Major Rob Kerr is welcoming refugees to the Booth Centre in WinnipegMajor Rob Kerr is welcoming refugees to the Booth Centre in Winnipeg

Salvation Army Provides Shelter to Asylum Seekers in Manitoba

Booth Centre opens 30 beds as more migrants come across U.S. border.

February 24, 2017


As asylum seekers make their way through deep, snow-covered fields into Manitoba, The Salvation Army is providing shelter and safety once they arrive in Winnipeg. “Most are carrying nothing more than a backpack,” says Major Rob Kerr, divisional secretary for public relations and development, Prairie Division. “They need all their energy to get through the fields.”

The Army’s Booth Centre is working in partnership with Welcome Place, which offers a range of services to assist refugee newcomers.

“Welcome Place is directing the asylum-seekers to Booth Centre for shelter and food,” says Major Kerr, noting that the shelter has a dedicated space with 30 beds and other options to take in more people, if needed.

Major Kerr also says that in the dark of night, some parents have dragged their children through snow up to their waists, some have had fingers amputated due to frostbite and others have walked up to eight hours to feel safe and avoid being deported.

“I met a couple recently—the wife is five months pregnant and knew the risks of hypothermia and frostbite,” Major Kerr shares. “But they were afraid of being deported. Their lives were in danger when they fled Somalia for Brazil. They walked from Brazil through South America to Mexico. It took them three months. From Mexico they came to the United States where they applied for refugee status. They were in the process with their appeal when it was denied and their hearing was cancelled. They won’t go back to Somalia.

“Asylum-seekers are coming to Canada to stay alive. We want these kind, gentle and grateful people to feel safe and comfortable and let them know we are here to help them as best as we can.”

The area of the Booth Centre where the asylum seekers are staying was in the process of being renovated for a future program and is currently unused. This initiative is not taking space or beds away from anybody else in the community.

Although the asylum seekers are crossing the border illegally, once they have made contact with the Canada Border Services Agency they are legally allowed to stay in Canada. The Army’s provision of shelter to asylum seekers is in full compliance with federal law.

“Once the asylum seekers arrive in Winnipeg, they are people in our community who are in need,” says Major Kerr. “We are serving them as we would any other person who comes to The Salvation Army for help.”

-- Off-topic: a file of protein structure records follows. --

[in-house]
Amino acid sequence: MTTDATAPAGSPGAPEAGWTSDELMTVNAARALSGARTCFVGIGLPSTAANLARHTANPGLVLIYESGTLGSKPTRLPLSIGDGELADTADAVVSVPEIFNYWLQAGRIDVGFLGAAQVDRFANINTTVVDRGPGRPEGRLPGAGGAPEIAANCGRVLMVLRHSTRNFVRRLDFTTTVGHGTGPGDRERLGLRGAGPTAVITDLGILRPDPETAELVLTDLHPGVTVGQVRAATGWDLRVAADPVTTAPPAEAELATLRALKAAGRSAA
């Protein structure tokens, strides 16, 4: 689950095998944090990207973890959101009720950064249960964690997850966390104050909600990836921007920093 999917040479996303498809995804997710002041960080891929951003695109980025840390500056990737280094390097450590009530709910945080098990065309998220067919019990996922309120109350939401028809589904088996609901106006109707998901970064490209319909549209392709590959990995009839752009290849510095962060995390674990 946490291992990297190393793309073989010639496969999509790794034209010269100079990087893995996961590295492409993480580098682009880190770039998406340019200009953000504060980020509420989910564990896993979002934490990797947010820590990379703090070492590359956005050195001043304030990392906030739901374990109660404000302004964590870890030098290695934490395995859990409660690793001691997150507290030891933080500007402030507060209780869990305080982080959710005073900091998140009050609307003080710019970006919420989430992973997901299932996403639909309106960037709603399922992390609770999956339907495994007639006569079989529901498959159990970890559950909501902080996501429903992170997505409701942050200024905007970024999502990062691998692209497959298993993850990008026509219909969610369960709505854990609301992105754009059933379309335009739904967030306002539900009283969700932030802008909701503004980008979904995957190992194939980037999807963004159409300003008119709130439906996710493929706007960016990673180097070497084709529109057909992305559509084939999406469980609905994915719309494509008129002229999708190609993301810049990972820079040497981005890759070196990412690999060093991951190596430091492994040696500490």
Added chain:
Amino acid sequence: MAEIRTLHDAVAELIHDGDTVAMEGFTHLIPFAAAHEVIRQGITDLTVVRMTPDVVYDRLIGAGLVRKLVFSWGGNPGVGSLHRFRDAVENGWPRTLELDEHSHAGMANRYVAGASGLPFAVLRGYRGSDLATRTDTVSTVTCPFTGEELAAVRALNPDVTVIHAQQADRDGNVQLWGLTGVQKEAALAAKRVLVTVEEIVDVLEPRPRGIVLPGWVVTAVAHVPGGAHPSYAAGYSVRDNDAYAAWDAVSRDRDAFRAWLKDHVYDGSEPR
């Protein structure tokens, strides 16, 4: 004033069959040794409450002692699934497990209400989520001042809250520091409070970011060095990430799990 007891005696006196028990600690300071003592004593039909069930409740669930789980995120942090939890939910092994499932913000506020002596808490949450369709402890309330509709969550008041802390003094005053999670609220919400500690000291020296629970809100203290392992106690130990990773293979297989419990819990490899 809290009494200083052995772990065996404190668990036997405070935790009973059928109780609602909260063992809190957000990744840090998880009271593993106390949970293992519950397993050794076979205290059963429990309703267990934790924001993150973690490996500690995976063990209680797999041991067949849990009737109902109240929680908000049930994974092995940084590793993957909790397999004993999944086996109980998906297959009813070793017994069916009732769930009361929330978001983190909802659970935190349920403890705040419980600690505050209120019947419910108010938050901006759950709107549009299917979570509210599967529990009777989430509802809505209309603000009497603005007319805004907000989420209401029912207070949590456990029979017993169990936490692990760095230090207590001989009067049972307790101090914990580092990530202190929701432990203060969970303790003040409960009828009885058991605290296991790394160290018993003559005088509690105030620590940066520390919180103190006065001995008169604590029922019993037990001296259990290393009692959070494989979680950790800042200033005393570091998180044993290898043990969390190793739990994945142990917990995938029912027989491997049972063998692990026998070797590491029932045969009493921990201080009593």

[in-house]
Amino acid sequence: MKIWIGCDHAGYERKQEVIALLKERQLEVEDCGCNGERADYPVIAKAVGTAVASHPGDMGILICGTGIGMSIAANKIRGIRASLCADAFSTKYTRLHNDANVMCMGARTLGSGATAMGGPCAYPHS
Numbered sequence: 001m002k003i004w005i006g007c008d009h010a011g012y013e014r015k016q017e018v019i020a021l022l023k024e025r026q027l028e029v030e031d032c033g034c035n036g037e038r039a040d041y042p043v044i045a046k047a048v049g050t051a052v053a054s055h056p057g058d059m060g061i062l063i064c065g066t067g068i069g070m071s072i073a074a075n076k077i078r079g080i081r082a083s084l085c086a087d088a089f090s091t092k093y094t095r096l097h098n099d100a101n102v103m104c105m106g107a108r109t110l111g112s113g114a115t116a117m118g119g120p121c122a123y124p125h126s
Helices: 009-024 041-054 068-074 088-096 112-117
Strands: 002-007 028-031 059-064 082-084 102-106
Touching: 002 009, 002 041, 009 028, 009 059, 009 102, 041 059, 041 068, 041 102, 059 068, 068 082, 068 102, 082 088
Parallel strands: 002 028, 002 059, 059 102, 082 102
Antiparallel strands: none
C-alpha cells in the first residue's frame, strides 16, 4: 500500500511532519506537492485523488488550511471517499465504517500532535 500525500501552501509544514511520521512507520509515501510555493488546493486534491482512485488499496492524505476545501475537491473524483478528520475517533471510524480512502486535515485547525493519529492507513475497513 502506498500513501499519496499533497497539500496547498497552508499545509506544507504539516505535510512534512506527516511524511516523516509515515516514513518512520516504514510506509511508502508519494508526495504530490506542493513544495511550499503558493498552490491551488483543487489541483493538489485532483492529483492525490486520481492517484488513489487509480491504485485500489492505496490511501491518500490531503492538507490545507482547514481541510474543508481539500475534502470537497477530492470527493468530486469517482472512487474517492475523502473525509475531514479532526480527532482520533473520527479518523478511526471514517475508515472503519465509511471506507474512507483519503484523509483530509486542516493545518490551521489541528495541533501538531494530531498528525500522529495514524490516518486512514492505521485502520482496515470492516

Comments

  1. Justin Steckbauer says:

    I’m grateful that the Salvation Army is caring for those in need. And I’m grateful that countries like the United States are enforcing immigration laws, to prevent terrorism, drug trafficking, human trafficking, and illegal immigrant crime. Illegal immigrants have broken the law, and they should be deported if they break the law (Romans 13:1-2). But it’s also wonderful that the Salvation Army and other charities can provide comfort, food, water, and shelter to those who are on the run and in need of God’s love and mercy.

  2. Justin Steckbauer

    Innocent people are seeking asylum from your government in Canada
    Your government is suppressing media
    Your government is breaking human rights laws

    it should cause you to have grave concerns not applaud their actions.

  3. John Stephenson says:

    There was an article in the Winnipeg Free Press this week that I commented on re TSA using Booth Centre to assist in housing refugees. The comments below are the comments I made in WFP.
    There was a WFP story today about Salvation Army Running out of space for the refugees at the Booth Centre. There were a series of comments on the WFP blog site that said this was a wrong thing to do. My comments challenging those who are mad about Salvation Army doing such which I sent to Free Press are below
    “I truly do not understand the attitude of some of the posters here re this new item.
    I have issues with what is happening about these people who are fleeing oppressive nations.
    Of course part of me is concerned about possible troublemakers infiltrating groups of refugees but from what I have seen here these people do not fit that category.
    Canada is a country of immigrants and we have space in this country for many more.
    So I say welcome them.
    As to where they are to stay or how to house feed and take care of them-there are organizations that do that but they are stretched to the limit. The Salvation Army is stepping in here to assist as it has in many cases since they were founded. I would like to bring to mind some of those times–they handled Farm Colonies in the late 1800s and early 1900s. The Salvation Army which first and foremost is a Christian Evangelical Church believes in living their faith through providing services to those on the edge of society, the disposed, the vulnerable. What they are doing here is right and proper and within their mission and mandate.
    One of the world leaders of The Salvation Army was Albert Orsborn who served as General many years ago . He was also a song writer and poet and he wrote in one of his pieces the following words: “Except I am moved with compassion, How dwelleth thy Spirit in me ? In word and in deed, burning love is my need; I know I can find this in thee”
    It is that compassion, that love, that mercy which motivates Salvationists and The Salvation Army.
    They should be commended for that at the Booth Centre.”

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